Sometimes, real fast is almost as good as real time.
    Just remember, Semper Gumbi - always be flexible!

  3. #13
    Linux User Giles's Avatar
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    There doesn't seem to be an option to disable on-board graphics (which is odd, cos I've found the options to disable onboard sound, onboard LAN etc). However, I can set which is default, so that's set to PCI-E (rather than Internal). When I run mandriva's hardware config tool, it doesn't detect the onboard graphics card, so it seems that making the PCI card default has in effect disabled the onboard one.

    Giles
    "Our greatest fear is not that we are powerless. Our greatest fear is Microsoft"
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  4. #14
    Linux Guru Rubberman's Avatar
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    Quote Originally Posted by Giles View Post
    There doesn't seem to be an option to disable on-board graphics (which is odd, cos I've found the options to disable onboard sound, onboard LAN etc). However, I can set which is default, so that's set to PCI-E (rather than Internal). When I run mandriva's hardware config tool, it doesn't detect the onboard graphics card, so it seems that making the PCI card default has in effect disabled the onboard one.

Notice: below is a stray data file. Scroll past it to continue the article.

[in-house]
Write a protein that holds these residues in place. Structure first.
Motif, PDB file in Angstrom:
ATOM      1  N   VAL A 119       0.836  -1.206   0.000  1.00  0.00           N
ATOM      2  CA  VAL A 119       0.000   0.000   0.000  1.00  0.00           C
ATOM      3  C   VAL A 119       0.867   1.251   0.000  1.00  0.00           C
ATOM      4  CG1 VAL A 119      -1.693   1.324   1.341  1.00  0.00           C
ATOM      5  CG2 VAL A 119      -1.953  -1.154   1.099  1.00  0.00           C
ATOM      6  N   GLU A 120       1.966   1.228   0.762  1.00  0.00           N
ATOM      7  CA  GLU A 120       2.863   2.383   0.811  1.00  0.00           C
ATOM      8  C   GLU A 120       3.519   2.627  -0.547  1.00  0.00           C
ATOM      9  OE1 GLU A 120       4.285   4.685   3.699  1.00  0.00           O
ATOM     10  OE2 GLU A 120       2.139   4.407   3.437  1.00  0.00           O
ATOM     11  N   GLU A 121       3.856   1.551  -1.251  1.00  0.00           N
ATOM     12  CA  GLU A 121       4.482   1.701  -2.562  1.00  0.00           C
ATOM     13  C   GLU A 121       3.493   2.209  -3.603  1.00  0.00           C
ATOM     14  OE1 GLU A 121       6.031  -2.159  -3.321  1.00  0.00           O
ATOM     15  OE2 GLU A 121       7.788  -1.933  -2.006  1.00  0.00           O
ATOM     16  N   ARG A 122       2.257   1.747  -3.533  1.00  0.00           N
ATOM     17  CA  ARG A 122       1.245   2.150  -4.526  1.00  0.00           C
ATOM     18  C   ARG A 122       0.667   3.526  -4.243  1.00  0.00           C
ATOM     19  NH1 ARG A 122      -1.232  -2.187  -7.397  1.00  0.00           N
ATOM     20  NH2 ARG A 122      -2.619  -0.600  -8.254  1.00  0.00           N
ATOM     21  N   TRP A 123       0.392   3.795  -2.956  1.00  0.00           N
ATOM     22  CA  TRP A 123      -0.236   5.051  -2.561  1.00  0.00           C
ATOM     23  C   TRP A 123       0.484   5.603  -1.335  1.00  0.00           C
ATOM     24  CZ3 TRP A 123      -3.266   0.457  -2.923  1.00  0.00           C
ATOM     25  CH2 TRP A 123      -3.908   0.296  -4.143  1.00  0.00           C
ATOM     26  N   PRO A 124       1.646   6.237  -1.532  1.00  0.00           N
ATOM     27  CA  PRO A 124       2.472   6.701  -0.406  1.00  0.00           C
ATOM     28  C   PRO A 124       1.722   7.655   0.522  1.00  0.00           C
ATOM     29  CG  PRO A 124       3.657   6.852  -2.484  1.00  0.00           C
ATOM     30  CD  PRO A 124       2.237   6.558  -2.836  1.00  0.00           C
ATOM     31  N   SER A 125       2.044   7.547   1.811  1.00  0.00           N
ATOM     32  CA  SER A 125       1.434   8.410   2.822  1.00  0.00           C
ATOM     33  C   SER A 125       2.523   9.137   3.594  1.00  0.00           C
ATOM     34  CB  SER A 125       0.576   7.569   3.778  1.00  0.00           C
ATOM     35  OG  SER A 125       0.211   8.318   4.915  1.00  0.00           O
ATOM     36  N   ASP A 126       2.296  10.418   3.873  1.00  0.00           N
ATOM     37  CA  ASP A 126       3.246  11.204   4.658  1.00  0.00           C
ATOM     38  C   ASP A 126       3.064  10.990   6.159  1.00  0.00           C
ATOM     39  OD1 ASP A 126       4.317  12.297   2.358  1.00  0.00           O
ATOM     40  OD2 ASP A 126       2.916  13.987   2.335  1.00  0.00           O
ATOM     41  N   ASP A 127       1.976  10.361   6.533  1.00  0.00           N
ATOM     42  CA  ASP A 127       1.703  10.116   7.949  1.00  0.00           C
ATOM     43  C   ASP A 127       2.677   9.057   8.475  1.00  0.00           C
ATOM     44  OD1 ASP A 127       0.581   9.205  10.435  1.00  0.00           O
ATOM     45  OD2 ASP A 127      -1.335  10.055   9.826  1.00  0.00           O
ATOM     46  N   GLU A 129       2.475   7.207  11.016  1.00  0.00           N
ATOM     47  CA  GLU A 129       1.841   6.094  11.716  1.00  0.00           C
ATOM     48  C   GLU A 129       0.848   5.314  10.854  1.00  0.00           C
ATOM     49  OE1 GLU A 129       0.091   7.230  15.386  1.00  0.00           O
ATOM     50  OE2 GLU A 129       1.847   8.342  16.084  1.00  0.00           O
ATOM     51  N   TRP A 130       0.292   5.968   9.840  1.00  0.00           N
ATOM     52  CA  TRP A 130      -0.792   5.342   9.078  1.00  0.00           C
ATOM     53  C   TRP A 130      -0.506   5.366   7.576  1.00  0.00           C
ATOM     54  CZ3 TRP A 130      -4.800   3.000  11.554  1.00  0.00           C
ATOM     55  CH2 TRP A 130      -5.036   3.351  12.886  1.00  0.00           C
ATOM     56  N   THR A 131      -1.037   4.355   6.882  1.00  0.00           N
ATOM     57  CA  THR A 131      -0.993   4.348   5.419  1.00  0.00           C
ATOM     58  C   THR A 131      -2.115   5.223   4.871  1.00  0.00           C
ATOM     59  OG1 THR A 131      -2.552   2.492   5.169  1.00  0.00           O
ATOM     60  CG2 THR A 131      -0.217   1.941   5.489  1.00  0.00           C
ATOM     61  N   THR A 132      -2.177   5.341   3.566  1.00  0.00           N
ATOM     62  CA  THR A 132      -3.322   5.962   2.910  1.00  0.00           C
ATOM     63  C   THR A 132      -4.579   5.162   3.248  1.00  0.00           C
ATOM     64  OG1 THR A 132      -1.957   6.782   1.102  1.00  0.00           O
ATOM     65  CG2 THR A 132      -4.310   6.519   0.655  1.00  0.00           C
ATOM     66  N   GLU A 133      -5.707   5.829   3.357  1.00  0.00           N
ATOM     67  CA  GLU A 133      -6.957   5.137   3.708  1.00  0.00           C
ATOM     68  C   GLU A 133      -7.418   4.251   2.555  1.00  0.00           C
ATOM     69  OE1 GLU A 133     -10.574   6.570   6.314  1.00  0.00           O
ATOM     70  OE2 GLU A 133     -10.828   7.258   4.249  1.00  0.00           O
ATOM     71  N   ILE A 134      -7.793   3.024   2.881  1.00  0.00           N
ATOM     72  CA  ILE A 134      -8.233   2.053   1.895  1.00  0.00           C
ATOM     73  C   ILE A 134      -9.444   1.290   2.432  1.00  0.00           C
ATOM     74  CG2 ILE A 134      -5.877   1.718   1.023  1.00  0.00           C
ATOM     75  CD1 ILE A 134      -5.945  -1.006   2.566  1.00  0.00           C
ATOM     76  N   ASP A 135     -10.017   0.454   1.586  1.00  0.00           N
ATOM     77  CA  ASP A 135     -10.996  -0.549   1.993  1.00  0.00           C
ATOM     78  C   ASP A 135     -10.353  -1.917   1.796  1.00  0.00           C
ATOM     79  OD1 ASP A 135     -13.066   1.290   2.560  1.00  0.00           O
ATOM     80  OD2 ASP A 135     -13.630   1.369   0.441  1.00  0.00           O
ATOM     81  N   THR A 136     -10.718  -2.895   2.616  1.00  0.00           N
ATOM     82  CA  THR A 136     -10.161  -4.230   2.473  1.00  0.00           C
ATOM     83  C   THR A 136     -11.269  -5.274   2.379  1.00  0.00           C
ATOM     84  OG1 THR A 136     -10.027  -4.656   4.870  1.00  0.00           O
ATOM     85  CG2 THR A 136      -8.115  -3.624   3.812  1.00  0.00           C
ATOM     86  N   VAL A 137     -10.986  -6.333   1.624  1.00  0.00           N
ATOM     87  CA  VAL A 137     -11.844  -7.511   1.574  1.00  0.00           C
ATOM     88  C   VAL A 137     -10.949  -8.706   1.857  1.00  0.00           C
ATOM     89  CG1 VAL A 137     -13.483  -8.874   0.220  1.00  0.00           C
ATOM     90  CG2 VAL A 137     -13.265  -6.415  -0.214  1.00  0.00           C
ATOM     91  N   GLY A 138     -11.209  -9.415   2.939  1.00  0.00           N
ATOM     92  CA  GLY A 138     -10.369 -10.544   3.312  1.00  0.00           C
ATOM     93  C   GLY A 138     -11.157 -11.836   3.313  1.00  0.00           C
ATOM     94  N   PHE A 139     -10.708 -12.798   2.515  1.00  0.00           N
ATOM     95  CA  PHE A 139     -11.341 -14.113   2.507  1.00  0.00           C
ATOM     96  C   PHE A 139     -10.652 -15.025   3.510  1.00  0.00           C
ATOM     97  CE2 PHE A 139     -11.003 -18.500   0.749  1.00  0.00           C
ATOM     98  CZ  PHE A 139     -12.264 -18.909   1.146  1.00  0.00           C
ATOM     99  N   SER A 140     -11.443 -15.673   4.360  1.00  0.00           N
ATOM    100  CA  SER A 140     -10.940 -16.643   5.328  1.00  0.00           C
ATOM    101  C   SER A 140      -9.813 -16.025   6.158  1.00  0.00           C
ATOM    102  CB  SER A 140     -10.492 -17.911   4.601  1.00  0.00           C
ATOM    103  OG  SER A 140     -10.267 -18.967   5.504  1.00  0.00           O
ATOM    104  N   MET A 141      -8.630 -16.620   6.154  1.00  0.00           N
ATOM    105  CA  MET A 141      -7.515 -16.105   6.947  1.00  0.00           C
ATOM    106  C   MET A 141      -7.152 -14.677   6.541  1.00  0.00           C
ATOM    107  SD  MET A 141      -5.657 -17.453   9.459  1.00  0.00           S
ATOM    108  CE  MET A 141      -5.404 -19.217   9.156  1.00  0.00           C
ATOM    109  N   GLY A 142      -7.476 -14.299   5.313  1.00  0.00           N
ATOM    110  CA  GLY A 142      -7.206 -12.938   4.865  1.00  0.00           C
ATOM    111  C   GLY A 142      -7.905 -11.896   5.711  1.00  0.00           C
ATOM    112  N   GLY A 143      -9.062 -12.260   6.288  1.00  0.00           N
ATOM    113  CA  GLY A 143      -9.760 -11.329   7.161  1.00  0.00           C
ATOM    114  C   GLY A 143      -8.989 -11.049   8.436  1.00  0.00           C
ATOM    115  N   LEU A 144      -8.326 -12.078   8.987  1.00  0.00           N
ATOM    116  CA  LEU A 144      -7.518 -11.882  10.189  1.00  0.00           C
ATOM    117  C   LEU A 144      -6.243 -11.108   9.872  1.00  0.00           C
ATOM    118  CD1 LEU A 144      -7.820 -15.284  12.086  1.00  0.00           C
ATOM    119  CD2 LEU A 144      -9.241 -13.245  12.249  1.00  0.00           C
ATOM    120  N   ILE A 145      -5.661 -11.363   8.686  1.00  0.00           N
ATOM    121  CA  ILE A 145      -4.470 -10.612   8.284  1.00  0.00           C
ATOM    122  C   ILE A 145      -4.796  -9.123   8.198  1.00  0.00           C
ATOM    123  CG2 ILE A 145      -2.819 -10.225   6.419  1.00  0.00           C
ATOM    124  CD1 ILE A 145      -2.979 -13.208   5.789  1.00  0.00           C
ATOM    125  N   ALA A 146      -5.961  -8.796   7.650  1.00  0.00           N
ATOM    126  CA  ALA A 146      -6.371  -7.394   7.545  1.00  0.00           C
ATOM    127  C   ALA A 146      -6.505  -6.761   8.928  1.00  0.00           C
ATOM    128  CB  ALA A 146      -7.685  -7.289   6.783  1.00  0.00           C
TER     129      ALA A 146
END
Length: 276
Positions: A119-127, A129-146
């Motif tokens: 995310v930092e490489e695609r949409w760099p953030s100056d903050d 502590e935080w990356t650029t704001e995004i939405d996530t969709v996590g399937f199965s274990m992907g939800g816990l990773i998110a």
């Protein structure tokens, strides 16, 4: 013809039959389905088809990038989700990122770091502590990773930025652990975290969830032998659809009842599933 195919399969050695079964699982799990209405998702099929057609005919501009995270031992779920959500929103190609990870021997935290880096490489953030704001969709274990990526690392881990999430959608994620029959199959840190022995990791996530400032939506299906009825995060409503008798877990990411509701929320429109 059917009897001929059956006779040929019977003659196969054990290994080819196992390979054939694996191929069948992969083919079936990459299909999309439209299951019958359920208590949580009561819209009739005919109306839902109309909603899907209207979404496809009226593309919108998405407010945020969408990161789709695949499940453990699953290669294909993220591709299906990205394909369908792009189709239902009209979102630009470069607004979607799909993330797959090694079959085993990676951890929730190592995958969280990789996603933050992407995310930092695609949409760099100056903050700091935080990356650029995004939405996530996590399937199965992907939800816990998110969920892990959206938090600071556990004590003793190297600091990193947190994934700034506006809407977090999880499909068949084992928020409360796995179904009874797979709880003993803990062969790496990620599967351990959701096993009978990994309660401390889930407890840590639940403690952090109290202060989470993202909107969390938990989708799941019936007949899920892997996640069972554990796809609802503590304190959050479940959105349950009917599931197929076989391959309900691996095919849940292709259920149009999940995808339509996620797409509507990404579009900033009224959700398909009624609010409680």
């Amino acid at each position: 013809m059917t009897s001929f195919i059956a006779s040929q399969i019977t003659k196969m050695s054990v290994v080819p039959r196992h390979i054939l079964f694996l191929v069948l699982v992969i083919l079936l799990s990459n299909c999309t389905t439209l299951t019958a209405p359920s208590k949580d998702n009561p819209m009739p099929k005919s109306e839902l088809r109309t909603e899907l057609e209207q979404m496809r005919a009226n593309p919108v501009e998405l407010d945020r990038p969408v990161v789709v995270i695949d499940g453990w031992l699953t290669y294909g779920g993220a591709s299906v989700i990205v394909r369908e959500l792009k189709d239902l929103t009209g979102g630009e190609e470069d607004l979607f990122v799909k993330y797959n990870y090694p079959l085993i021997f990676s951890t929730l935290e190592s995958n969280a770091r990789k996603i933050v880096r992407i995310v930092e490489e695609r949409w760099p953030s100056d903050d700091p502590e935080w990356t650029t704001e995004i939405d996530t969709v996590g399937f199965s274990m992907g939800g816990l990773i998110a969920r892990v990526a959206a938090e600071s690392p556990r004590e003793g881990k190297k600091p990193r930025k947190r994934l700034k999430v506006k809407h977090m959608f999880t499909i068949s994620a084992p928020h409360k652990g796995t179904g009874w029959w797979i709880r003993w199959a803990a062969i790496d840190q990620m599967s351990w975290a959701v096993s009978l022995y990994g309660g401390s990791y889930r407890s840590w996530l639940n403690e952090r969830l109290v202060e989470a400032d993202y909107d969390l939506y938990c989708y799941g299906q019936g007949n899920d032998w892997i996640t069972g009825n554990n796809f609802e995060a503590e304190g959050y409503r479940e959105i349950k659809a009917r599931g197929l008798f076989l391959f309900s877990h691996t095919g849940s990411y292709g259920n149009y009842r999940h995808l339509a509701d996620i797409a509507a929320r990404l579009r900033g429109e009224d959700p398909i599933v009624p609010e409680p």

Giles
    That sounds reasonable. It would give priority to the add-on video card when you install an OS, but still allow you to use the internal card if necessary.
    Sometimes, real fast is almost as good as real time.
    Just remember, Semper Gumbi - always be flexible!

  5. #15
    Linux User Giles's Avatar
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    Does anyone have any idea where I should go from here? Any more information it would be useful for me to give?

    Giles
    "Our greatest fear is not that we are powerless. Our greatest fear is Microsoft"
    Registered linux user #391027

  6. #16
    Linux Guru Rubberman's Avatar
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    My next step would be to blame Mandriva! . Which desktop are you using, KDE, Gnome, XFCE? And which version?
    Sometimes, real fast is almost as good as real time.
    Just remember, Semper Gumbi - always be flexible!

  7. #17
    Linux User Giles's Avatar
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    Oh dear... If it's a re-install distro job then it'll have to wait til after term's over I'm using KDE 3.5.10 (not touching 4 for a while...).

    Giles